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Profile: David Ebrey (University of Wisconsin, Madison)
  1. Meno's Paradox in Context.David Ebrey - 2014 - British Journal for the History of Philosophy 22 (1):4-24.
    I argue that Meno’s Paradox targets the type of knowledge that Socrates has been looking for earlier in the dialogue: knowledge grounded in explanatory definitions. Socrates places strict requirements on definitions and thinks we need these definitions to acquire knowledge. Meno’s challenge uses Socrates’ constraints to argue that we can neither propose definitions nor recognize them. To understand Socrates’ response to the challenge, we need to view Meno’s challenge and Socrates’ response as part of a larger disagreement about the value (...)
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    The Asceticism of the Phaedo: Pleasure, Purification, and the Soul’s Proper Activity.David Ebrey - 2017 - Archiv für Geschichte der Philosophie 99 (1):1-30.
    I argue that according to Socrates in the Phaedo we should not merely evaluate bodily pleasures and desires as worthless or bad, but actively avoid them. We need to avoid them because they change our values and make us believe falsehoods. This change in values and acceptance of falsehoods undermines the soul’s proper activity, making virtue and happiness impossible for us. I situate this account of why we should avoid bodily pleasures within Plato’s project in the Phaedo of providing Pythagorean (...)
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  3. A New Philosophical Tool in the Meno: 86e-87c.David Ebrey - 2013 - Ancient Philosophy 33 (1):75-96.
    I argue that the technique Socrates describes in the Meno at 86e-87c allows him to make progress without definitions, even while accepting that definitions are necessary for knowledge. Some contend that the technique involves provisionally accepting a claim. I argue, instead, that it provides a secure biconditional that one can use to reduce the question one cares care about to a new question that one thinks will be easier to answer.
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    Socrates on Why We Should Inquire.David Ebrey - 2017 - Ancient Philosophy 37 (1):1-17.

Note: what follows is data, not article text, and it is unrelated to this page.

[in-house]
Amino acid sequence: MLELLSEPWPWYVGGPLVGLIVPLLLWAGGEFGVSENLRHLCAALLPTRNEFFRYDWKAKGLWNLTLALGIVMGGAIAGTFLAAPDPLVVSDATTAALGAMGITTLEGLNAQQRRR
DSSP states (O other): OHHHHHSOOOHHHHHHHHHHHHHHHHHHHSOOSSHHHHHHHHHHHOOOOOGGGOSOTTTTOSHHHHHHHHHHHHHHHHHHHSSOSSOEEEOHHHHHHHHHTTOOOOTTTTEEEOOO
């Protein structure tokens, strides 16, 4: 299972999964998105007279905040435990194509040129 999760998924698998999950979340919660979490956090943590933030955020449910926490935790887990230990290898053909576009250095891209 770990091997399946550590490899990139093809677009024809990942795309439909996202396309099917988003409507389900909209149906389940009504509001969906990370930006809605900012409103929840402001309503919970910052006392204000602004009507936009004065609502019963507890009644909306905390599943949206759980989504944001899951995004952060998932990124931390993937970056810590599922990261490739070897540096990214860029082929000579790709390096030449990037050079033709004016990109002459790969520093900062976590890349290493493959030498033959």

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  5.  42
    Aristotle's Motivation for Matter.David Ebrey - unknown
    Aristotle’s Motivation for Matter Why does Aristotle make matter so central to his account of the natural world, making it a principle of nature and one of the four causes? Although there is considerable interest in how Aristotle conceives of matter, scholars rarely investigate why he thinks of it as fundamental to the natural world. Some simply ask why Aristotle thinks there must be matter. Other interpreters do not even agree that we should ask this question; they claim that Aristotle (...)
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  6.  37
    Why Are There No Conditionals in Aristotle’s Logic?David Ebrey - 2015 - Journal of the History of Philosophy 53 (2):185-205.
    Aristotle presents a formal logic in the Prior Analytics in which the premises and conclusions are never conditionals. In this paper I argue that he did not simply overlook conditionals, nor does their absence reflect a metaphysical prejudice on his part. Instead, he thinks that arguments with conditionals cannot be syllogisms because of the way he understands the explanatory requirement in the definition of a syllogism: the requirement that the conclusion follow because of the premises. The key passage is Prior (...)
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    The Possibility of Inquiry: Meno's Paradox From Socrates to Sextus by Gail Fine.David Ebrey - 2017 - Journal of the History of Philosophy 55 (3):537-538.
    In the first half of this book, Gail Fine provides a renewed defense of her reading of Meno's famous paradox; in the second, she provides novel accounts of how Aristotle, the Stoics, the Epicureans, and Sextus Empiricus responded to the paradox. For reasons of space, I focus on the first half, where Fine defends the same basic account of Meno's paradox she put forward in her influential "Inquiry in the Meno". The book goes further, considering and dismissing several alternatives not (...)
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  8.  23
    Making Room for Matter: Material Causes in the Phaedo and the Physics.David Ebrey - 2014 - Apeiron 47 (2):245–265.
    It is often claimed that Socrates rejects material causes in the Phaedo because they are not rational or not teleological. In this paper I argue for a new account: Socrates ultimately rejects material causes because he is committed to each change having a single cause. Because each change has a single cause, this cause must, on its own, provide an adequate explanation for the change. Material causes cannot provide an adequate explanation on their own and so Socrates rejects them. Aristotle (...)
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  9.  13
    Review of Iakovos Vasiliou, Aiming at Virtue in Plato[REVIEW]David Ebrey - 2009 - Notre Dame Philosophical Reviews 2009 (8).
  10.  14
    Theory and Practice in Aristotle's Natural Science.David Ebrey (ed.) - 2015 - Cambridge University Press.
    Aristotle argued that in theory one could acquire knowledge of the natural world. But he did not stop there; he put his theories into practice. This volume of new essays shows how Aristotle's natural science and philosophical theories shed light on one another. The contributors engage with both biological and non-biological scientific works and with a wide variety of theoretical works, including Physics, Generation and Corruption, On the Soul, and Posterior Analytics. The essays focus on a number of themes, including (...)
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